State-of-the-art facility will also service patients from the Sea to Sky


Brandon Barrett, (PIQUE NEWS MAGAZINE) — The Lions Gate Hospital Foundation (LGH) has reached its $100-million fundraising goal for a new state-of-the-art medical and surgical centre on the North Shore that should spell good news for patients in the Sea to Sky.

Earlier this month, the foundation announced it had hit its target after a “whirlwind” 23-month campaign. The new facility will replace the more than 50-year-old acute care tower at Lions Gate and, once built, will be “one of the most technologically advanced health care facilities in B.C.,” according to a release from LGH.

“What it’s going to do is dramatically improve the patient experience,” said Judy Savage, president and CEO of the LGH foundation. “By creating single-patient rooms, it’s going to enable people to recover in a more restorative environment. It’s going to be quieter, they’re going to be able to get the rest they need so they get better faster and get home faster.”

The new centre will feature 108 single-patient rooms with ensuite facilities; eight state-of-the-art operating rooms; a telehealth centre to connect healthcare professionals with patients remotely; a primary-care centre to give residents without a family doctor faster access to non-acute services; and a “therapeutically enhanced” environment to help reduce recovery times and improve visitor comfort.

The quicker turnover and remote telehealth capabilities should improve access to care for patients in the Sea to Sky, who often have to travel outside of the corridor for higher levels of care and specialized surgical procedures. For the 2018 fiscal year ending on March 31, Lion’s Gate Hospital has seen 1,151 patient visits from the Sea to Sky, and 2,178 in-patient admissions, including newborns.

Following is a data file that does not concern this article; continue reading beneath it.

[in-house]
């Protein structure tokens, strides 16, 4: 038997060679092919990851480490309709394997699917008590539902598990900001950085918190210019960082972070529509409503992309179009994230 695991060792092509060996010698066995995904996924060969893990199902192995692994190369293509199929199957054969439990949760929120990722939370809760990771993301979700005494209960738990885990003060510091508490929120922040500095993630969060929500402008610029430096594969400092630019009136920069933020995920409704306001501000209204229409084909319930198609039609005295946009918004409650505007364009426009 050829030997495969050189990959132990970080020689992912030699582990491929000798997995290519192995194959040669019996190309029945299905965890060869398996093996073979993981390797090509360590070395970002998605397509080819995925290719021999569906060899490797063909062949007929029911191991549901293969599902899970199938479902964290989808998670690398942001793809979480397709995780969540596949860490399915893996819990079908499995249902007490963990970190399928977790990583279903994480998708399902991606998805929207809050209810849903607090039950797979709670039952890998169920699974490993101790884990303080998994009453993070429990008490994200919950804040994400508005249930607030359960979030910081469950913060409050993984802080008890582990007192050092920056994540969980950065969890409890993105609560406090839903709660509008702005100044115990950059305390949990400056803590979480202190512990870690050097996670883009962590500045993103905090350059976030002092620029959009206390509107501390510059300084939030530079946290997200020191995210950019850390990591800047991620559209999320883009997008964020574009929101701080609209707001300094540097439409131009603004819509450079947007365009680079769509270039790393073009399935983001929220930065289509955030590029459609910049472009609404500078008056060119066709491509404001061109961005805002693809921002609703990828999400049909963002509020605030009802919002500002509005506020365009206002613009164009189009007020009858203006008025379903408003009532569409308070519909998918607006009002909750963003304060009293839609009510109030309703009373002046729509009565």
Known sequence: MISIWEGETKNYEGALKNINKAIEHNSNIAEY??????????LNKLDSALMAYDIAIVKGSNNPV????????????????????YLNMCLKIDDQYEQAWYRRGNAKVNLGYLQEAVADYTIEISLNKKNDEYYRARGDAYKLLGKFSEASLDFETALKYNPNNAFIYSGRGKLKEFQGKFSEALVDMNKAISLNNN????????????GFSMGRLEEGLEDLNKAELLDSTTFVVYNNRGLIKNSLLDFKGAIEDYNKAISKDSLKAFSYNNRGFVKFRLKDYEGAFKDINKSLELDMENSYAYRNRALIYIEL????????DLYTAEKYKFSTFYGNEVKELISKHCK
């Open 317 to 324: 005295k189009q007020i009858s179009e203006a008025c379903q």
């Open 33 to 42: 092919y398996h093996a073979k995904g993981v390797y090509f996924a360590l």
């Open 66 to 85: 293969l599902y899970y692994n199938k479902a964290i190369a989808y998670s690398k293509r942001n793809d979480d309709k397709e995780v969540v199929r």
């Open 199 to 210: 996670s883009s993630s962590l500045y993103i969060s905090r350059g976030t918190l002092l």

“We work very closely with the Whistler clinic and we certainly do receive a lot of individuals who come down, not only from the clinic and out of country, but also people whose residence is in the Sea to Sky corridor,” said Karin Olsen, chief operating officer for Vancouver Coastal Health’s Coastal Community of Care. “As we build our new tower and integrate our community services into it, it’s going to serve the whole coastal region, but certainly the most benefit beyond the North Shore is going to be in the Sea to Sky corridor.”

The modern facility should also help to attract and retain top healthcare officials in an increasingly competitive sector, said developer Ryan Beedie, who serves as chair of the fundraising campaign.

“It’s going to have an impact all the way up the corridor, in Squamish—Squamish continues to grow—and this is going to serve the needs of growing communities.”

“You want to attract and keep really talented physicians and nurses. You want to have that modern facility,” he said. “It’s going to have an impact all the way up the corridor, in Squamish—Squamish continues to grow—and this is going to serve the needs of growing communities.”

Beedie, who owns a second home in Whistler, was struck by just how quickly the ambitious fundraising target was met.

“It’s quite remarkable,” he said. “This all started with Paul Myers, who stepped in with a $25-million donation. The government has so many other priorities in terms of hospitals and we obviously have a huge need on the North Shore, but I think we felt a little left behind.”

The campaign received several major donations over the past two years, including Myers’, but Savage said every contribution from its more than 6,400 donors was appreciated.

“Typically the big donations get all the kudos, but I just wanted to say that those $25, $50, $100 donations, they all made a difference to this campaign.

“It’s truly a collective community effort … and when I say community, I mean the whole Sea to Sky corridor. You’re part of us, so we wrap our arms around your community too to say thank you ever so much.”

Work on the new facility is scheduled to begin in 2020, with completion slated for 2022.


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